A study on crashes involving people walking and bicycling in SC shows need for state-level action.
[Columbia, SC] –Charles Brown, a nationally recognized complete streets advocate and researcher at Rutgers, released a study on traffic crashes involving people walking and bicycling in South Carolina, prepared on behalf of the Palmetto Cycling Coalition and SC Livable Communities Alliance. Brown’s study reviewed crash data from 2009-2017, provided by the Office of Highway Safety and Justice Programs at the SC Department of Public Safety.
Here are some of the key takeaways from this study (click here to read the full study):
- While 70% of SC roads are state-owned, the vast majority of fatalities of people walking (96%) and bicycling (94%) happen on these roads.
- A disproportionate number of crash victims were minorities, including African-Americans, Hispanics, and Asians; African-Americans make up only 27% of the state’s population but were involved in 44% of the total number of crashes of people walking and bicycling.
- The majority of crashes occurred among people ages 20-29 (21%), whereas the least number of crashes occurred among those under 10 years of age (5%) and those 70 years and above (a combined 3.7%).
- Charleston County had the highest percentage and rate of crashes of people walking and bicycling than any other county, at 17.9% of the entire state total, averaging 6.13 crashes per 1,000 people.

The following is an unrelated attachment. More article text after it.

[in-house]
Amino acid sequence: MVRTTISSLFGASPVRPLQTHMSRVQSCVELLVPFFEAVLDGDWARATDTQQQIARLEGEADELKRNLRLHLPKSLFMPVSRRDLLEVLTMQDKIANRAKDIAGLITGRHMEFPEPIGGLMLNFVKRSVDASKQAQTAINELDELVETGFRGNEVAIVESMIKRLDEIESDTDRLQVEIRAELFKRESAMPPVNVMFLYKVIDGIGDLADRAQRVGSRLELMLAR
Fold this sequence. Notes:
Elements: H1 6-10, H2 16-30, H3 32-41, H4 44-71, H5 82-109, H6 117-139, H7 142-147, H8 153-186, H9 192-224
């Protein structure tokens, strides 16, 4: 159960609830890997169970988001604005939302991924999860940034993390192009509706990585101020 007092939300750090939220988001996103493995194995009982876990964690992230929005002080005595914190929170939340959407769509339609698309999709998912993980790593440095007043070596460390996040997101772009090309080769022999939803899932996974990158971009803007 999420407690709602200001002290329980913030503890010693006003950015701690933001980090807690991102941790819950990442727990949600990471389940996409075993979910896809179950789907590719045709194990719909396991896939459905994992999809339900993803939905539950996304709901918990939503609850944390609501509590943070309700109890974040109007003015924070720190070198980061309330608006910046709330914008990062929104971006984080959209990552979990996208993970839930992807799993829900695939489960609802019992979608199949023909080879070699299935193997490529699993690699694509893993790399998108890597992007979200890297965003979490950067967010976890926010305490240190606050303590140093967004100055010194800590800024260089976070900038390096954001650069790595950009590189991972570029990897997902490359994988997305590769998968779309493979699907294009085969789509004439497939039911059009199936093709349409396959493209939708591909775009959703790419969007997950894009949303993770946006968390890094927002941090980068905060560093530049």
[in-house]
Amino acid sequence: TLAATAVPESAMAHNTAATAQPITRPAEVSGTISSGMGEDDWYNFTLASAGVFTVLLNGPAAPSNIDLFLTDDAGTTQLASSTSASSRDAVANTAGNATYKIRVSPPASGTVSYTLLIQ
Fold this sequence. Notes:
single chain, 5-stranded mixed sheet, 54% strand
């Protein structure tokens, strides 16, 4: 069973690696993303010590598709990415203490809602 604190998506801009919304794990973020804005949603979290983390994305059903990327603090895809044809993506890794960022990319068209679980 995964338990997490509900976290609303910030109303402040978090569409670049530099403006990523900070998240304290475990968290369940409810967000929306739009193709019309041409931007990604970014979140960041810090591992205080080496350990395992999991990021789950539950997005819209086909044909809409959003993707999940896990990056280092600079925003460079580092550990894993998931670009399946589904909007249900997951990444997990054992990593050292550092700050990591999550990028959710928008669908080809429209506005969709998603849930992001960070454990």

- The Berkeley-Charleston-Dorchester Council of Governments (BCD COG) had the highest percentage (23.7%) of the total number of crashes; the BCD COG had the highest rate (4.2) of crashes per 1,000 people; the BCD COG’s crash rate per 1,000 people was 4 times that of Upper Savannah COG, followed by
- The following 5 counties had the highest rate of crashes of people walking in SC: Charleston, Richland, Dillon, Orangeburg, Horry, Florence, Georgetown, Fairfield, Williamsburg, and Lee.
- The following 5 counties had the highest rate of crashes of people bicycling in SC: Charleston, Horry, Beaufort, Georgetown, Florence, Marion, Marlboro, Dorchester, Darlington, and Hampton. The overwhelming majority of pedestrian and bicycle crashes occurred (84.9% and and 88.6%, respectively) under clear weather conditions.
According to SC Livable Communities Alliance’s (SCLCA) grassroots coordinator, Corrine Reed, “Charles Brown’s research highlights the pervasiveness of issues we have with our roads and streets- especially about who experiences the fatal consequences of the state of South Carolina streets”.
To make a widespread, lasting impact on improving road safety in South Carolina, we strongly recommend passing a state-wide complete streets policy. Complete streets, also known as multimodal streets, are designed to make communities and neighborhoods more livable, by making sure all road users of all ages and abilities —people walking, bicycling, driving, and catching a bus – can travel safely.
Complete streets include any infrastructural change that improves the safety, health, equity, and economic growth of the community. Each Complete Street looks a little different to reflect the needs of the surrounding community. In the words of Palmetto Cycling Coalition’s Executive Director, Amy Johnson Ely “ If streets are not designed for every citizen to access, because single occupancy cars were the only goal, not the people that use them, then they fall short”.